Furman’s May Experience (“MayX”) is an optional three-week term following the spring semester, and the topics students explore in courses that are not offered during the academic year are limited only by the imagination of the professors who think them up. Here are three highlights from 2019 that showcase the variety of impactful, engaged learning MayX offers:
The Science & Culture of Happiness
- Who taught it: Professor of Sociology Kristy Maher and Associate Professor of Psychology Erin Hahn
- Where they went: Copenhagen, Denmark
- What they studied: Why Danish people consistently report being among the happiest on earth, and Americans not so much.
Since the first World Happiness Report, which ranks countries around the world by how happy their citizens perceive themselves to be, was released seven years ago, the United States has never ranked in the top 10. In 2019, in fact, the U.S. dropped to 19th. Maher and Hahn wanted to learn more and to explore how it relates to student experiences.
“What do we know about happiness?” Maher said. “Are there practices that have scientifically proven to improve happiness?”
Denmark ranked second in the same report, behind Finland, and after a few days on campus laying an academic foundation the class headed to the country’s capital to see what the smiles were all about. Differences in Danish culture include, among other things, a more robust social safety net and a focus on relationships and simplicity.
“(The students) learned about the fact that people who do random acts of kindness to strangers often have positive feelings and improvements in happiness after doing that,” Maher said. “We did mindfulness canoeing, although I think the students’ skill level with canoeing was maybe too low to be mindful doing it.”
International Perspectives of Public Education
- Who taught it: Professor of Education George Lipscomb and Associate Professor of Education Katie Kelly
- Where they went: New Zealand and Australia
- What they studied: How schools Down Under compare to the ones in the U.S., with a little bit of snorkeling, koala bear hugging and kangaroo viewing thrown in for good measure.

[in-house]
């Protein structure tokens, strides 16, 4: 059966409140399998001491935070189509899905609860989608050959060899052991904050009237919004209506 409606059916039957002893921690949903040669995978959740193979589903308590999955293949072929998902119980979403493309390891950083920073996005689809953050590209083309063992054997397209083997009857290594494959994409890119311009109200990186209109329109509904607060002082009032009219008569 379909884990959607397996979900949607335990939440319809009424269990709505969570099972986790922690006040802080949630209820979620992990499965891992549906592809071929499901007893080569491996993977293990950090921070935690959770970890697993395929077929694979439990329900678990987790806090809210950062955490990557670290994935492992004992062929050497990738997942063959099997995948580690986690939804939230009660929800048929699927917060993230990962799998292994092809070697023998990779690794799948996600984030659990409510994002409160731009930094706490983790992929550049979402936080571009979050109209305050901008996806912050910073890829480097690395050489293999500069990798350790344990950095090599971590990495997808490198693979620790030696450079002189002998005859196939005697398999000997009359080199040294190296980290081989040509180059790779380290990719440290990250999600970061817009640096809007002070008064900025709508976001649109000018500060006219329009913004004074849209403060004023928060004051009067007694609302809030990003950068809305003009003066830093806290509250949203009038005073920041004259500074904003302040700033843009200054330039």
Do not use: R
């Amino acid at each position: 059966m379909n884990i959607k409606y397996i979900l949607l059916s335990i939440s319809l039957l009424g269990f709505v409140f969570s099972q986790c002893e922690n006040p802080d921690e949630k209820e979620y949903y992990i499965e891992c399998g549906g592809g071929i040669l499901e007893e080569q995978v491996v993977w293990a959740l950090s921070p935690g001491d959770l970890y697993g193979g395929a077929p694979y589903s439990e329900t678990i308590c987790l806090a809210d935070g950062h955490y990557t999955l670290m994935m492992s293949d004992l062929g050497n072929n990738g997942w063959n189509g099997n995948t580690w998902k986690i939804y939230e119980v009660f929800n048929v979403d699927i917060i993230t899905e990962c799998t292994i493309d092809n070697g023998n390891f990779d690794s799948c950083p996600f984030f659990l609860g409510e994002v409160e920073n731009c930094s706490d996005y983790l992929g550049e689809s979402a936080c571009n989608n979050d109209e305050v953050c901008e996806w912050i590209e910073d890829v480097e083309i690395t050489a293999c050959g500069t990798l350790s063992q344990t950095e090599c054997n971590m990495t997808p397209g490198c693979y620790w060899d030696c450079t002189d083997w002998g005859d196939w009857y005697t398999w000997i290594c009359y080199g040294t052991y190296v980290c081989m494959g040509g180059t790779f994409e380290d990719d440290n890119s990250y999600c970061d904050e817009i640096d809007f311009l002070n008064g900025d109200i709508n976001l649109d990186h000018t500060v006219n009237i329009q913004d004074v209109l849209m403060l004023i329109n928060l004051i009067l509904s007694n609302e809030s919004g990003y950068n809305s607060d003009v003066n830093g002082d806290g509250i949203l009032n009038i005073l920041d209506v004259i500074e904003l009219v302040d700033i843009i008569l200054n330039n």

“This is the third time we’ve gone to New Zealand and the first that we’ve added Australia,” Lipscomb said. “New Zealand, especially, is an interesting comparison because (it’s) about the size of South Carolina, with 4 or 5 million people … About half the students on the trip were education majors, and half were non-ed majors. I like the mix just because it does expose a lot of students from different parts of the university to education.”
While recovering from the jet lag that comes with a 17-hour flight from Dallas to Sydney, the group visited four schools in Australia and six in New Zealand as well as a university in each country. Participants talked to teachers and students and observed classroom methods.
“There are two things that a lot of the students on this trip definitely noticed. One is the emphasis on the outdoors, that (kids) usually have a recess time, and it’s not quite as structured as our recess time,” Lipscomb said. “The other thing that both Australia and New Zealand have is morning tea, which is a good 30 minutes in the morning where all the kids have a snack and run around and the teachers all get together in the lounge and talk about things. They liked morning tea.”
Students blogged about their experiences here.
- Who taught it: Professor of Biology Travis Perry ’92 and Adjunct Professor Megan Pitman
- Where they went: Aldo Leopold Wilderness in New Mexico
- What they studied: What wilderness is, where it came from, why it matters — and how to stay alive in it.
Federally designated wildness areas have enjoyed the government’s highest form of land protection since The Wilderness Act was passed in 1964, and this group of students got up close and personal with more than 202,000 mostly undisturbed acres in southwestern New Mexico. With a focus on the writings of the area’s namesake, Aldo Leopold, who is considered by many to be the father of the U.S. wilderness system, they examined the Wilderness Act and the motivations that brought it about as well as the role these wilderness areas play in conservation practices in the United States and how wilderness areas in a landscape context affect animal and plant populations.
There was also a focus on plant and animal natural history, identification and tracking. Capping things off was wilderness first aid, knots and splices, map and compass work, principles of “leave no trace” camping and the safe, and proper use of horses and mules as pack stock.
“The course was a resounding success,” Perry said. “We received a lot of positive feedback from the students. They loved the challenge, the adventure, and, of course, the stunning natural beauty. They learned numerous wilderness skills, the unique function of wilderness in conservation, and perhaps a little about themselves.”
“When we hiked out for our first multi-day backpacking trip, I was finally able to enjoy the surrounding wilderness and appreciate what we were doing,” Pitman added. “We were walking away from cellphones, the internet, computers and PowerPoint presentations. Leaving connectivity behind really helped me connect with our students and the unique environment we were teaching them about and trying to give them an appreciation for.”
Click here to learn about Furman’s MayX program.